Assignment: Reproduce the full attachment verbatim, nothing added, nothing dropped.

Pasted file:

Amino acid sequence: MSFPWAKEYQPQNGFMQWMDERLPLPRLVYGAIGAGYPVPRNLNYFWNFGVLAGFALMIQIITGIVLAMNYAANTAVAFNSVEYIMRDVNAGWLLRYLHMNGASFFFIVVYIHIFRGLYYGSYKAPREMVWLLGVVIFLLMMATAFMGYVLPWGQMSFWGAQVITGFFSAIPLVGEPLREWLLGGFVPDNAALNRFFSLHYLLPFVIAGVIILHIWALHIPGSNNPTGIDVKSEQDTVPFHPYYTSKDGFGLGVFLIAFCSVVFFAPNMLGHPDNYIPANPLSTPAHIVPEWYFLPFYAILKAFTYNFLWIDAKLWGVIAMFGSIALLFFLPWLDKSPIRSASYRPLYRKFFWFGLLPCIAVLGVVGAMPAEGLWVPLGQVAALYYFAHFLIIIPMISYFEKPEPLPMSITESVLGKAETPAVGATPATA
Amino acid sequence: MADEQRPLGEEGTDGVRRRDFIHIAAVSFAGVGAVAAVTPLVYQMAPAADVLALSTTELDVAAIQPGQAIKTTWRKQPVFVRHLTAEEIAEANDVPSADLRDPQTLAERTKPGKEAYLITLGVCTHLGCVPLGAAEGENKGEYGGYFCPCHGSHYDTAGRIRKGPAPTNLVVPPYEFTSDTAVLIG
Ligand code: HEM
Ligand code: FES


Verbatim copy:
Amino acid sequence: MSFPWAKEYQPQNGFMQWMDERLPLPRLVYGAIGAGYPVPRNLNYFWNFGVLAGFALMIQIITGIVLAMNYAANTAVAFNSVEYIMRDVNAGWLLRYLHMNGASFFFIVVYIHIFRGLYYGSYKAPREMVWLLGVVIFLLMMATAFMGYVLPWGQMSFWGAQVITGFFSAIPLVGEPLREWLLGGFVPDNAALNRFFSLHYLLPFVIAGVIILHIWALHIPGSNNPTGIDVKSEQDTVPFHPYYTSKDGFGLGVFLIAFCSVVFFAPNMLGHPDNYIPANPLSTPAHIVPEWYFLPFYAILKAFTYNFLWIDAKLWGVIAMFGSIALLFFLPWLDKSPIRSASYRPLYRKFFWFGLLPCIAVLGVVGAMPAEGLWVPLGQVAALYYFAHFLIIIPMISYFEKPEPLPMSITESVLGKAETPAVGATPATA
Amino acid sequence: MADEQRPLGEEGTDGVRRRDFIHIAAVSFAGVGAVAAVTPLVYQMAPAADVLALSTTELDVAAIQPGQAIKTTWRKQPVFVRHLTAEEIAEANDVPSADLRDPQTLAERTKPGKEAYLITLGVCTHLGCVPLGAAEGENKGEYGGYFCPCHGSHYDTAGRIRKGPAPTNLVVPPYEFTSDTAVLIG
Ligand code: HEM
Ligand code: FES